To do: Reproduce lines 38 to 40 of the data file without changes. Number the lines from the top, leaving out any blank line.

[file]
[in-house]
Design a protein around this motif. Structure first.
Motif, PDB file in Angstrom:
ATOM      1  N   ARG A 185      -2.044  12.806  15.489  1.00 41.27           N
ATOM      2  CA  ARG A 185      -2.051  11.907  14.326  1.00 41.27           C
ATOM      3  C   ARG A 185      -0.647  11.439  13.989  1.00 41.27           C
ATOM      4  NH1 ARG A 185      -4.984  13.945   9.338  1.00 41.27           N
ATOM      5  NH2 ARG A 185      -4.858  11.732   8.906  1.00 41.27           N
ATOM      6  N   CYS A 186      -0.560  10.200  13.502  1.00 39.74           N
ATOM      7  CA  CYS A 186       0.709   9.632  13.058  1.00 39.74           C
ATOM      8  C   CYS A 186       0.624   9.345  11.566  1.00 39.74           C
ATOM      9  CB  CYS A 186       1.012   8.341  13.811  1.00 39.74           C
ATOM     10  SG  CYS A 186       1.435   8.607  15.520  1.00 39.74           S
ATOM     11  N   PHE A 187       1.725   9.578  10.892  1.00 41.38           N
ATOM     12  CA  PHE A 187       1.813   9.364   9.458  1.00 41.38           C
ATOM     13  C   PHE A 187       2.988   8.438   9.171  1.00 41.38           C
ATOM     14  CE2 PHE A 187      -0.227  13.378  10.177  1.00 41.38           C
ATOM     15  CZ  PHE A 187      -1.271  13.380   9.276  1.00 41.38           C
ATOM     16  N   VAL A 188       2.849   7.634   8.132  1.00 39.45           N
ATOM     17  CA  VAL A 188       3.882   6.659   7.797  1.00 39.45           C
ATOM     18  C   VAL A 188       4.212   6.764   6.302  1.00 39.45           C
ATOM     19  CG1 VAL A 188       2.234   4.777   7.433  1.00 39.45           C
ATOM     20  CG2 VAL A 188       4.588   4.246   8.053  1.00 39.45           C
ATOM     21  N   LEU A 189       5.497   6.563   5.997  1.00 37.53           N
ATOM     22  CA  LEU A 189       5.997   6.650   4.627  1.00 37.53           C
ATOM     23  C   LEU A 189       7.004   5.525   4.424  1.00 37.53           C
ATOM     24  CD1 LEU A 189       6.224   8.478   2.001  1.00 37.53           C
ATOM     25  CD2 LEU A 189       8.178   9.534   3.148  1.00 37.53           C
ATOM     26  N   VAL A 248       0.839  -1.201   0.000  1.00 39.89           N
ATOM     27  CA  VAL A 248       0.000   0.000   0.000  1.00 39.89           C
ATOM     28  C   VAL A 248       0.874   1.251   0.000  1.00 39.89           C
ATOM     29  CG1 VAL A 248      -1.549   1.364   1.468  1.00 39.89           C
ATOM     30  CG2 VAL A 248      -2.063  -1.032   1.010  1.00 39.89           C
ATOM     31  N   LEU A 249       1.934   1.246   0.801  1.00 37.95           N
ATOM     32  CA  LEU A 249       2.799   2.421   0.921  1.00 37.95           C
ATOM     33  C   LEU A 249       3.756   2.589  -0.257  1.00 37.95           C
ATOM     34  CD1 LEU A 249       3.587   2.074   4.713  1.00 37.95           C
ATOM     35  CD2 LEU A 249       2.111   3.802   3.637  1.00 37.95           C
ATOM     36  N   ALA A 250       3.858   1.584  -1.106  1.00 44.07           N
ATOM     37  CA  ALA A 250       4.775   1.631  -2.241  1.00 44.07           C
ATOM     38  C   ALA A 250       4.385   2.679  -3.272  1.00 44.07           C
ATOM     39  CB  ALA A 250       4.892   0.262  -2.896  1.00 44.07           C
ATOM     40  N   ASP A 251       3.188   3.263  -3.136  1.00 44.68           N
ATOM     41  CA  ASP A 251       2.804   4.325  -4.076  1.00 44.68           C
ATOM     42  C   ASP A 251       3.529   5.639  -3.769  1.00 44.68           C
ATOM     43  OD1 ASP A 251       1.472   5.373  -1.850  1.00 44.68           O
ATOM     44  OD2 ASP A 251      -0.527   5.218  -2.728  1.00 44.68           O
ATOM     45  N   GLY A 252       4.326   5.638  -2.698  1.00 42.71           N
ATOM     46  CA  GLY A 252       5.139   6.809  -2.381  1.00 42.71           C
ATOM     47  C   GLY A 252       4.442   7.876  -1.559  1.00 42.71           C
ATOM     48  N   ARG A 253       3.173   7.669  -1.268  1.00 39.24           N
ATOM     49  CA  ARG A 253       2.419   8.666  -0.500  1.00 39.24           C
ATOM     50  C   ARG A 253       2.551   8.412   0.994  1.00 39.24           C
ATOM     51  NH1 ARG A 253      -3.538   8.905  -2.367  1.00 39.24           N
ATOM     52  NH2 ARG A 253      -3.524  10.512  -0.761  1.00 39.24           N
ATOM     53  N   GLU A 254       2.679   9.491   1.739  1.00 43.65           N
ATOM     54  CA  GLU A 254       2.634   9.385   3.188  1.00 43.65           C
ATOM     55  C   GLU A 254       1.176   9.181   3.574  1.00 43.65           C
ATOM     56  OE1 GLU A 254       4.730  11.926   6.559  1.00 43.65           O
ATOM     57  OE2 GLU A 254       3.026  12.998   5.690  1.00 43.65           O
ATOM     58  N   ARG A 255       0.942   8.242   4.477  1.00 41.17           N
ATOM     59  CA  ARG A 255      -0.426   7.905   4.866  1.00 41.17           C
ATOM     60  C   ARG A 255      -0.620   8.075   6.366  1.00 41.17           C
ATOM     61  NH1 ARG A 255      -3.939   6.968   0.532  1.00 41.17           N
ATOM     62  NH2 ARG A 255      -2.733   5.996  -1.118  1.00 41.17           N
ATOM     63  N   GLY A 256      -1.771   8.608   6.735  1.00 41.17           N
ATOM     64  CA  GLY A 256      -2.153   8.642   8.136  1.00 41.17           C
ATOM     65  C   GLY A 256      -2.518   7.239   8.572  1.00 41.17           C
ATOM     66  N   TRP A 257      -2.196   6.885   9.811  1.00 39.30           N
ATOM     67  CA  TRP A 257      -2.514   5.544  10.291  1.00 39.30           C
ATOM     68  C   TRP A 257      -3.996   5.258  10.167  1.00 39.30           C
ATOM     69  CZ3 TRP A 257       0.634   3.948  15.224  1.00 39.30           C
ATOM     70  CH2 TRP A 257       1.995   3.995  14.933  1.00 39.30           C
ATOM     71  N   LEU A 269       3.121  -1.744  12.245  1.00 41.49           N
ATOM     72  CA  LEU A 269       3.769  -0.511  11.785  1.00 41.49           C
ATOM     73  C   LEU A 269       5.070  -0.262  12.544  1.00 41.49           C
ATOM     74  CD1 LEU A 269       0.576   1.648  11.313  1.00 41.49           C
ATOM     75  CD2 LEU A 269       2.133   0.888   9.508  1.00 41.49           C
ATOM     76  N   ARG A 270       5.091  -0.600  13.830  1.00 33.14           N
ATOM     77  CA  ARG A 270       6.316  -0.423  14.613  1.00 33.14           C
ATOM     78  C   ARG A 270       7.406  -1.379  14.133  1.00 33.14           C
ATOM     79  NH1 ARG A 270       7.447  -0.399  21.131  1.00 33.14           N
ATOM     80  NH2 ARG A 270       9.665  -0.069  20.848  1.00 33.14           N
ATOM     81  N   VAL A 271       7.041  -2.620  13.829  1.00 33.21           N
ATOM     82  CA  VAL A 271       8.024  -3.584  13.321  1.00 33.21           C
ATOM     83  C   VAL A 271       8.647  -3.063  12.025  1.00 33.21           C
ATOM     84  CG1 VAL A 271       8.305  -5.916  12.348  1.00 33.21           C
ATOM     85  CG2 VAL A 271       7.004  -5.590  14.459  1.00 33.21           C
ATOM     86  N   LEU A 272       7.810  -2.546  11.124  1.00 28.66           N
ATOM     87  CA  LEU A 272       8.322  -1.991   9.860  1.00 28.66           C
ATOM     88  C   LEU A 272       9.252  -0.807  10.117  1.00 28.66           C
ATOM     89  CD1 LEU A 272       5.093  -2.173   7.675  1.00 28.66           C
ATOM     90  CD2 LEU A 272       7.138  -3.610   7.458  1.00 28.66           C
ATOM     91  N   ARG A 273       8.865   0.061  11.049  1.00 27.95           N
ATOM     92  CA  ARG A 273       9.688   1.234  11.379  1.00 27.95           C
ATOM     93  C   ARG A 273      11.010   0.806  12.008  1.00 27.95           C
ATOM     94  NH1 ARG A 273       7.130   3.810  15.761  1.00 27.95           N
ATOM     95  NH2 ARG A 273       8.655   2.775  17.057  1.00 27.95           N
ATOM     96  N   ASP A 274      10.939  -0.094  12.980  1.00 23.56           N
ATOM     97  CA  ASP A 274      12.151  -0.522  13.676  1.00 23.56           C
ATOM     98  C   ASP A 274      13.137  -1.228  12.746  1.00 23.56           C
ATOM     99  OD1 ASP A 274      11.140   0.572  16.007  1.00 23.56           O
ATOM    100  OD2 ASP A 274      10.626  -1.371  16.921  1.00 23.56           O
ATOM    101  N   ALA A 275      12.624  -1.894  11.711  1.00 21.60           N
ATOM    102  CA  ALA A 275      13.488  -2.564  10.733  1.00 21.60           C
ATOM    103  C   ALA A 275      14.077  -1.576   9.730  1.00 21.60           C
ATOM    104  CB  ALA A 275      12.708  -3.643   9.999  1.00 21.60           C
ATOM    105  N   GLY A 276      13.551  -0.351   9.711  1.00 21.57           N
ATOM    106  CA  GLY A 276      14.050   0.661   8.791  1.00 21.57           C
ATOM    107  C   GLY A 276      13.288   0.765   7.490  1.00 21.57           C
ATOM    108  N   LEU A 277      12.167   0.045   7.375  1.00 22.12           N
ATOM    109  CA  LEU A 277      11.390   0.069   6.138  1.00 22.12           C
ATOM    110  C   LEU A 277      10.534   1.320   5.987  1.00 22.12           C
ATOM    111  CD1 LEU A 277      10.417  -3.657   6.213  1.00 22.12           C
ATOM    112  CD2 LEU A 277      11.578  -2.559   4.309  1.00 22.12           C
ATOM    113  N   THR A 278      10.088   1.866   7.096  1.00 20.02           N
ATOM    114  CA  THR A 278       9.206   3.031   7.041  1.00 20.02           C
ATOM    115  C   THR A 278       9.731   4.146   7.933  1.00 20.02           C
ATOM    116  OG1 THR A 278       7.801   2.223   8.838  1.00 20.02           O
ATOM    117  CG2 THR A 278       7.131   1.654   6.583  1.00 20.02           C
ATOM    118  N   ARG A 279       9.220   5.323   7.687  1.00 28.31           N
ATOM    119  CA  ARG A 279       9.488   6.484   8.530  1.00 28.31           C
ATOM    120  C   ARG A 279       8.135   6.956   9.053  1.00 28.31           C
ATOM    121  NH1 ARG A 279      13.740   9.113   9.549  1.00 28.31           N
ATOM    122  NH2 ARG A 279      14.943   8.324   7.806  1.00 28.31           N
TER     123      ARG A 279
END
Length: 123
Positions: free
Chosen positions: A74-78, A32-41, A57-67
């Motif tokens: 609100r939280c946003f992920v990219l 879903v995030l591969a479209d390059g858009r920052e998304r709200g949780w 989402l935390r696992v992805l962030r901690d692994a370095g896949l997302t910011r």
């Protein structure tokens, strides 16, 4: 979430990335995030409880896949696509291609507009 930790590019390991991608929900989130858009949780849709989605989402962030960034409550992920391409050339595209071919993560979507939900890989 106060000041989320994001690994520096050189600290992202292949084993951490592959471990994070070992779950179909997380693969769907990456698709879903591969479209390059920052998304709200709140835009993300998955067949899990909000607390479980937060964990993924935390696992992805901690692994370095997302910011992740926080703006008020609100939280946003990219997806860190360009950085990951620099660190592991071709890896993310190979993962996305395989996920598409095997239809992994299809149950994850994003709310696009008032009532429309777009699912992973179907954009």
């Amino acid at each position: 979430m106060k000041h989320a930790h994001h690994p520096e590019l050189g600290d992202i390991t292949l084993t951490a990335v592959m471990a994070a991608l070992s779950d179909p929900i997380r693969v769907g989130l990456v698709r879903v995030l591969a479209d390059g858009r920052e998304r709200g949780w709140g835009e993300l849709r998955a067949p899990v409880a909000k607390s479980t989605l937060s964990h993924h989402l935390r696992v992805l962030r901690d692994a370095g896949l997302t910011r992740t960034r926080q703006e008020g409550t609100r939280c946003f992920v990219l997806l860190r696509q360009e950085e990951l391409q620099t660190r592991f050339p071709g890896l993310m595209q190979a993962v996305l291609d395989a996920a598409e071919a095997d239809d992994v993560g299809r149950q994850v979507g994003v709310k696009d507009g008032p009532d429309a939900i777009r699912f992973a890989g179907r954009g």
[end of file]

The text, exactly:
ATOM     35  CD2 LEU A 249       2.111   3.802   3.637  1.00 37.95           C
ATOM     36  N   ALA A 250       3.858   1.584  -1.106  1.00 44.07           N
ATOM     37  CA  ALA A 250       4.775   1.631  -2.241  1.00 44.07           C